The Feds can’t unlock iPhones in a building in one broad sweep, a court has ruled.
A federal court in Illinois has ruled that law enforcement can’t seek mass fingerprint unlocking warrants for smart devices. Instead, the government needs to be more specific about the devices and data they request, according to Forbes.
"The government's request is contrary to the 4th Amendment's requirement of particularity, which requires that the government describe and know the 'particular persons' and the 'particular things' prior to the search." - Judge M. David Weisman
In what’s being described as a “landmark decision,” the United States District Court for the Northern District of Illinois, has ruled against the government in a child pornography case. Law Enforcement had requested a search warrant that would have allowed police to walk into a building and unlock all phones inside.
The court said there were privacy implications “for this particular method of using fingerprints of unnamed individuals within a property to force unlock smartphones, in particular Apple devices.”
In the decision, Judge M. David Weisman writes:
This Court agrees that the context in which fingerprints are taken, and not the fingerprints themselves, can raise concerns under the Fourth Amendment. In the instant case, the government is seeking the authority to seize any individual at the subject premises and force the application of their fingerprints as directed by government agents. Based on the facts presented in the application, the Court does not believe such Fourth Amendment intrusions are justified based on the facts articulated.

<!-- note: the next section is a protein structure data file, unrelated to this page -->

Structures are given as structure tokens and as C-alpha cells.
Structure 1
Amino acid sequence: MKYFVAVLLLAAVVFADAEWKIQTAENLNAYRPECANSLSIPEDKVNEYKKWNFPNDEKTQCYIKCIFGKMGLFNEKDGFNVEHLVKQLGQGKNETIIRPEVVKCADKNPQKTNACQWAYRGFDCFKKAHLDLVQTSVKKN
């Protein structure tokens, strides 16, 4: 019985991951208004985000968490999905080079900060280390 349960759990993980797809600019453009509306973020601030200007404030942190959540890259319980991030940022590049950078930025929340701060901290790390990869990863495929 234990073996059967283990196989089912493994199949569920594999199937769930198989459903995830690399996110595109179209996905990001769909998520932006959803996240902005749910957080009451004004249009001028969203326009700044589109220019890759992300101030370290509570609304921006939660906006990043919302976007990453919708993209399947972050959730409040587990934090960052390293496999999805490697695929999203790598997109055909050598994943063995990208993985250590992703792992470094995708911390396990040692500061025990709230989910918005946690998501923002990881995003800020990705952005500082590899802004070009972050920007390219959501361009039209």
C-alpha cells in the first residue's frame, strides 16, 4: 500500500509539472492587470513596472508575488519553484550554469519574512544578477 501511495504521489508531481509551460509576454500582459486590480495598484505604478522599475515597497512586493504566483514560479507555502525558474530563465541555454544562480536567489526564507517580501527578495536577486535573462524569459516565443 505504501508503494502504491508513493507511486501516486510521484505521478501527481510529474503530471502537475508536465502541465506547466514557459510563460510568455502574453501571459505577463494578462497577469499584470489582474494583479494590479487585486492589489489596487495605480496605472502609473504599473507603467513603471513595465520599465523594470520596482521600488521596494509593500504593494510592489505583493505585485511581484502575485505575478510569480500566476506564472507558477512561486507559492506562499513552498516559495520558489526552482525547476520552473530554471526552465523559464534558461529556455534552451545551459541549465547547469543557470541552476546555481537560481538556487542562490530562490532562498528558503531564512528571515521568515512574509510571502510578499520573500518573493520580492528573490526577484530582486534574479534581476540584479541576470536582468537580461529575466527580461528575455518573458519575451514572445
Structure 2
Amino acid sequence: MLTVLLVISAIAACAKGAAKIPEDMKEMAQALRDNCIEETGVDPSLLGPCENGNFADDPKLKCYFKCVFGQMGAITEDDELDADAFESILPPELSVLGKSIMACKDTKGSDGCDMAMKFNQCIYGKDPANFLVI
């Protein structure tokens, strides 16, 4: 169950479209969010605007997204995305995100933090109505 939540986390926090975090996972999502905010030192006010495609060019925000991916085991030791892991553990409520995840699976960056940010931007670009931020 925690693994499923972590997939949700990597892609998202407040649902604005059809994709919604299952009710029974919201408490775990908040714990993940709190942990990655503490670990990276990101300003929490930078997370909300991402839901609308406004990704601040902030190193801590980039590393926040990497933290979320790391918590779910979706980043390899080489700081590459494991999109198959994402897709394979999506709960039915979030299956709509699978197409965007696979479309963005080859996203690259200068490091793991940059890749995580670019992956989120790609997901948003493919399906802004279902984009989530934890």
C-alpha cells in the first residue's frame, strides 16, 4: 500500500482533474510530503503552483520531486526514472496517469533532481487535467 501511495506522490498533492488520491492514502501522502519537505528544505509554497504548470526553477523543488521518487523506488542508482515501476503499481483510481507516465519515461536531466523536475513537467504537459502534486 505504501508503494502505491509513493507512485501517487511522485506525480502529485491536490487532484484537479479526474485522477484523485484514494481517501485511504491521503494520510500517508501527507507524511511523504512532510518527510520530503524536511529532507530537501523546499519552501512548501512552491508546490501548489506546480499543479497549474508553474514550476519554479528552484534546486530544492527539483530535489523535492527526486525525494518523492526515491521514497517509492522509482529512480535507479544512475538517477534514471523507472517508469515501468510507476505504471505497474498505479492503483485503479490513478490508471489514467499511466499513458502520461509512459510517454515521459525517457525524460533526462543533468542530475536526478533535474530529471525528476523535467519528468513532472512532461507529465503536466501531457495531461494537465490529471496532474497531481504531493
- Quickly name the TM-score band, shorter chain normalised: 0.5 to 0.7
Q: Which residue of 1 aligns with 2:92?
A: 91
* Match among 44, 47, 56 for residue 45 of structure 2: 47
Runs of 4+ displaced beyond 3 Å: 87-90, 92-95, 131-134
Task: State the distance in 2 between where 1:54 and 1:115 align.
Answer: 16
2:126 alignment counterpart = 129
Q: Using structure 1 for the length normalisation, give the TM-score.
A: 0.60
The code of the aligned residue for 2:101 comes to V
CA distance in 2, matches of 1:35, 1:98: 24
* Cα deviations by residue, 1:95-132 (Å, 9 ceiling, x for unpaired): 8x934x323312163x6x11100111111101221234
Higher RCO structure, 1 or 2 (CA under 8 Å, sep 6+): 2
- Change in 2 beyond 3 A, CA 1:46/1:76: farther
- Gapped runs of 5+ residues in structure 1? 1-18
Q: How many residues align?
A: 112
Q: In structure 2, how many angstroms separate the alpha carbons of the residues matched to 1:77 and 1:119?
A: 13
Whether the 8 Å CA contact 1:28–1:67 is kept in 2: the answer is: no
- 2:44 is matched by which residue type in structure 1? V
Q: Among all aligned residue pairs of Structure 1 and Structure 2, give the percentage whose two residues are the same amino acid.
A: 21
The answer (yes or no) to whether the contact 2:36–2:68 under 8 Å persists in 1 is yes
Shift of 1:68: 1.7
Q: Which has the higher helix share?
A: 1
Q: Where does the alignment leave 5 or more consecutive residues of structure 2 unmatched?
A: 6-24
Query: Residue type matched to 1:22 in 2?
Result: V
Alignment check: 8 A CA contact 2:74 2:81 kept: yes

The court’s decision, which we’re including here, was first uncovered by Stanford cryptography fellow Riana Pfefferkorn:
Forbes notes this is the first known case where law enforcement has been prevented from carrying out such broad searches of smart devices.
Sounds like the right decision, no? Leave your comments below.